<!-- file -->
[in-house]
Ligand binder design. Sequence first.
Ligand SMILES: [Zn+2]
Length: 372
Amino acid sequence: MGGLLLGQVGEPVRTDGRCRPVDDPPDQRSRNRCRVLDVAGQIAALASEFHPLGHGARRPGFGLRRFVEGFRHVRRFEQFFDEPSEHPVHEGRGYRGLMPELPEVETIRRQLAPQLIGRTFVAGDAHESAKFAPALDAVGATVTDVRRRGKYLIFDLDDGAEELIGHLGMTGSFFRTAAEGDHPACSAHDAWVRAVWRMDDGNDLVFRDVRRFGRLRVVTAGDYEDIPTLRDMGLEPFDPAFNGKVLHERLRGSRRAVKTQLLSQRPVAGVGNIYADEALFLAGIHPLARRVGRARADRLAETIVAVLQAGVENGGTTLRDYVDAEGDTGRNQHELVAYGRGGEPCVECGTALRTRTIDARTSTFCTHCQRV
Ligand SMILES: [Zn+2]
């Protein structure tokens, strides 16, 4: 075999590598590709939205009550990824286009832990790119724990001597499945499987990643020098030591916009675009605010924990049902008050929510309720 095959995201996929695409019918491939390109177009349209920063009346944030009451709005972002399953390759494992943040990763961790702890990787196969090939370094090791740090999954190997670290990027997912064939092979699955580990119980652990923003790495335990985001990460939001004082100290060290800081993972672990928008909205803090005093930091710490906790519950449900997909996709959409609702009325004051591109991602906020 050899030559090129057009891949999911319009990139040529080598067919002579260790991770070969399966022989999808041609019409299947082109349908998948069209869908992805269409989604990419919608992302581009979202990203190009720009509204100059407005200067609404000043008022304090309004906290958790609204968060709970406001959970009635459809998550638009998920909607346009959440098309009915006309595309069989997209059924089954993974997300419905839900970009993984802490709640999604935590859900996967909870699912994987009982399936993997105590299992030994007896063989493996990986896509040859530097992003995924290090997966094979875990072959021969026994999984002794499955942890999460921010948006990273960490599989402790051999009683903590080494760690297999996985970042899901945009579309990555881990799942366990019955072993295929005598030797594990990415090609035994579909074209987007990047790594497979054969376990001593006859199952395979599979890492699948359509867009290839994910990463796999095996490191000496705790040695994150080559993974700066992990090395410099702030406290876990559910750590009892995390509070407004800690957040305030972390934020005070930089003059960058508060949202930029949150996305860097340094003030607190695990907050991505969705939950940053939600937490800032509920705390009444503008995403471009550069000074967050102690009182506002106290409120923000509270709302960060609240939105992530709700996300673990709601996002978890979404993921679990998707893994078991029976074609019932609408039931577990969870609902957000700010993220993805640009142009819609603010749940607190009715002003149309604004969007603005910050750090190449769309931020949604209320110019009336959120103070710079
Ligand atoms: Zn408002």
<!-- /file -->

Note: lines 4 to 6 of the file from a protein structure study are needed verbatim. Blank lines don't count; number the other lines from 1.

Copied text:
Length: 372
Amino acid sequence: MGGLLLGQVGEPVRTDGRCRPVDDPPDQRSRNRCRVLDVAGQIAALASEFHPLGHGARRPGFGLRRFVEGFRHVRRFEQFFDEPSEHPVHEGRGYRGLMPELPEVETIRRQLAPQLIGRTFVAGDAHESAKFAPALDAVGATVTDVRRRGKYLIFDLDDGAEELIGHLGMTGSFFRTAAEGDHPACSAHDAWVRAVWRMDDGNDLVFRDVRRFGRLRVVTAGDYEDIPTLRDMGLEPFDPAFNGKVLHERLRGSRRAVKTQLLSQRPVAGVGNIYADEALFLAGIHPLARRVGRARADRLAETIVAVLQAGVENGGTTLRDYVDAEGDTGRNQHELVAYGRGGEPCVECGTALRTRTIDARTSTFCTHCQRV
Ligand SMILES: [Zn+2]